Consistent timing of feed delivery is important for the flock and welfare and is as important as ‘when the birds eat’ (i.e. time of the day) and ‘how often birds eat’ (i.e. feeding program). Birds will learn when to expect food and will adjust accordingly. Irregular feeding schedules or a disruption in the normal feed routine can be very stressful for the flock. Consistent feeding times are necessary for bird health and good welfare outcomes. When transitioning from one feeding program to another, observe flock behavior, cleanup time, and activity level and strive to keep the time point of feeding the same.

The importance of nutrition

The correct feed formulation and nutritional content is required so that breeders express their genetic potential and produce fertile hatching eggs. Furthermore, high quality ingredients must be used to ensure the hatching eggs are free of contaminants and contain all the nutrients needed for hatching healthy broiler chicks.

The correct feed specifications are a very important factor in rearing and production for high performing flocks. Nutrition plays a key role in preparing pullets for production. Good rearing management with high uniformity and bodyweights on standard will not guarantee good production if the pullets are not conditioned properly due to inferior feed specifications. Consistent results will always be a challenge if the feed is not up to specifications. The feed specifications need to be integrated into the management methods to understand why and how the pullets grow, develop, feather and prepare for photo stimulation. Always purchase good quality feed ingredients and formulate diets based on the Cobb specifications available in our supplements (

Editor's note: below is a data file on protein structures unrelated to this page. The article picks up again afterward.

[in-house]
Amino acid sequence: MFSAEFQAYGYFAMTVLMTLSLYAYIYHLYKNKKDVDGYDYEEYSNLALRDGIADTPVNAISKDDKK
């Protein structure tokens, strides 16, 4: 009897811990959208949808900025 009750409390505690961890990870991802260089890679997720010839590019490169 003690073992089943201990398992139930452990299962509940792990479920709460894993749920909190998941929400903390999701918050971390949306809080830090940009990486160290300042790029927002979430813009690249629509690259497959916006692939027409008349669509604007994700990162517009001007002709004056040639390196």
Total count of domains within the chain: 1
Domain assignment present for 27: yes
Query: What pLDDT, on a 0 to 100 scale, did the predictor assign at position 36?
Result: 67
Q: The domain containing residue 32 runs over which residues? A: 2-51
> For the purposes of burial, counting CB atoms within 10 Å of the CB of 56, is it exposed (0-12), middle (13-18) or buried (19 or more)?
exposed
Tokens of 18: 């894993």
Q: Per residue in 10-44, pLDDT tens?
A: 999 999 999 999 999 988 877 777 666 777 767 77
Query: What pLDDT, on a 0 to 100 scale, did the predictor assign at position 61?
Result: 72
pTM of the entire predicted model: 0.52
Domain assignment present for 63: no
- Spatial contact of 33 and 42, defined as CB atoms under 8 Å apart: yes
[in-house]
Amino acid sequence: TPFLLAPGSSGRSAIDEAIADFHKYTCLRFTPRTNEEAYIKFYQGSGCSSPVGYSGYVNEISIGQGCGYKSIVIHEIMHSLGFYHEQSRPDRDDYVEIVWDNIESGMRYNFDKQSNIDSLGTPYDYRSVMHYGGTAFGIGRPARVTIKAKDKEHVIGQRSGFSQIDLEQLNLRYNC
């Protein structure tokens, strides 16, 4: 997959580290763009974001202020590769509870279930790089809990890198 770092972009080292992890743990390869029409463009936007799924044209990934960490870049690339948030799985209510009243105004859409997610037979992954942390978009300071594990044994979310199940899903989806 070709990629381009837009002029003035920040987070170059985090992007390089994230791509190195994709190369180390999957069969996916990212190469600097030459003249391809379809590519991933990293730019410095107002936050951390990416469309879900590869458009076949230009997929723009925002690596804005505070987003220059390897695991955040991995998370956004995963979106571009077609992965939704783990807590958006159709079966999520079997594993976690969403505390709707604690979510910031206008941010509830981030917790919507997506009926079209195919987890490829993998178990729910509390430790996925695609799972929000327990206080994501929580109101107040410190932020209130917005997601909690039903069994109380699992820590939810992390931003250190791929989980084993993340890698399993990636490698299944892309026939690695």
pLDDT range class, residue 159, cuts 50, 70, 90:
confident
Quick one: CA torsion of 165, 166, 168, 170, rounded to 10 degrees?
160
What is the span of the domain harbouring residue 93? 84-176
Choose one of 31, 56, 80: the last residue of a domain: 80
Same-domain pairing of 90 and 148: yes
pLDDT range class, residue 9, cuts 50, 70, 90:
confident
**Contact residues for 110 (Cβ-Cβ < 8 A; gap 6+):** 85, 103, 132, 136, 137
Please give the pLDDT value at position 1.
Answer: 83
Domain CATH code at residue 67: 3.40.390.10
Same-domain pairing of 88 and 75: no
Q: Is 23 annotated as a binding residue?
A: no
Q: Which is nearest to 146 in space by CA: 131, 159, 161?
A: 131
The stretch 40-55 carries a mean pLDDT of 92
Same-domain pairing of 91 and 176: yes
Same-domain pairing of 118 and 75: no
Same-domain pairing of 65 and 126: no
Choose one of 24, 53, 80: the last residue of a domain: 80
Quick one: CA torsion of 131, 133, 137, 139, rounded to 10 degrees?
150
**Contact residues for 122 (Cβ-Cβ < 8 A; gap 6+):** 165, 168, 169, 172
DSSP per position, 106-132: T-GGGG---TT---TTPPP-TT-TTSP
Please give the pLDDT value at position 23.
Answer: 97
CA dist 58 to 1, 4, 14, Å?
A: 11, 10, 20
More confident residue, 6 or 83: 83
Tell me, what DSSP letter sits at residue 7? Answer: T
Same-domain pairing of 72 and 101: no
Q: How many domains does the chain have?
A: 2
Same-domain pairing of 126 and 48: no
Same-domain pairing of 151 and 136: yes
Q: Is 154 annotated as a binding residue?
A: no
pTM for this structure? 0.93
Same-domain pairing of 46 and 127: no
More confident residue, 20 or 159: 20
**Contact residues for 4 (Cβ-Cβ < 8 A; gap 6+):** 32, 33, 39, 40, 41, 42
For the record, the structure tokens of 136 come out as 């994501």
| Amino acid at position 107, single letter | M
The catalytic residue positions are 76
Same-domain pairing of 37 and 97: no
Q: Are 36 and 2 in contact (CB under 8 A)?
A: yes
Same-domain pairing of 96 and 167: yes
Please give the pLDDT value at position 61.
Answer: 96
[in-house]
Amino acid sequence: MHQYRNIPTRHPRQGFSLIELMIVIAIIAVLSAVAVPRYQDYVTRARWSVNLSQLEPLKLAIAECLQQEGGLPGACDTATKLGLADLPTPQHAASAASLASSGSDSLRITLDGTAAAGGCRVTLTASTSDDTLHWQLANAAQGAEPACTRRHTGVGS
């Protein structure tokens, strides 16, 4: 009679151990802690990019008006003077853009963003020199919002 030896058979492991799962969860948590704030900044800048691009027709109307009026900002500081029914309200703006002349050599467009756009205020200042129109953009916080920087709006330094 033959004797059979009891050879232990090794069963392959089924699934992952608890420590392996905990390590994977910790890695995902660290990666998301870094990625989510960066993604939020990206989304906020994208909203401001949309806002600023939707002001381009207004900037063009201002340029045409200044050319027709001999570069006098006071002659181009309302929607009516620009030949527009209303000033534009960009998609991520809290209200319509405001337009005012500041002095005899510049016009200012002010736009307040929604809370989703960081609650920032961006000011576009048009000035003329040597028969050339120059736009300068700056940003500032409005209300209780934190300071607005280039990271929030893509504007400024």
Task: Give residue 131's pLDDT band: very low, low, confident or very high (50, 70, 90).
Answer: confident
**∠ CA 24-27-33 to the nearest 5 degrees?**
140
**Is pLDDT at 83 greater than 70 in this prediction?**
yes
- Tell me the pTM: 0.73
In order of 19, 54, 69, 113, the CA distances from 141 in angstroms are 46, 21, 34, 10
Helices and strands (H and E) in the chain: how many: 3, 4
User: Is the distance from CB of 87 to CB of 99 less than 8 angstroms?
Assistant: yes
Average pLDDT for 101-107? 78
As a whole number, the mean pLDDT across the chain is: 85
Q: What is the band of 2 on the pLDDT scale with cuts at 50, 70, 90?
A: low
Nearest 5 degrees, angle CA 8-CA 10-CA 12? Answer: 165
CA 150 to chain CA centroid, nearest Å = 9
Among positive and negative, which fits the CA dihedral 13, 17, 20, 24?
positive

A standard feeding profile should be followed during rearing to keep bodyweights on the standard curve. Any small deviations from standard in bodyweight can be adjusted with small 1 to 2 g feed increments. Once established, use the feeding program as a general guide during rearing. Bodyweight can fluctuate within +/-2 % of the standard. For consistent performance, prevent changes in feed formulation and monitor each feed delivery. Report any problems immediately. Feed samples should be stored on the farm for testing if necessary.

Key points for feed formulation and nutrition

  • Collect samples of feed and write detailed notes (date mixed, date received, feed type (starter, breeder 1, etc.)) on the sampling container.
  • Conduct regular audits that include sampling and testing of ingredient suppliers and the feed mill.
  • Carefully choose feed enzymes and match them with local raw materials as enzymes impact substrates available for microbial fermentation in the bird.
  • Use the Cobb feed specifications and be sure to change feeds at the correct flock age (see next page for descriptions of each feed formulation).

To read or download the complete Cobb Breeder Management Guide or to view Cobb's other management guides, click here.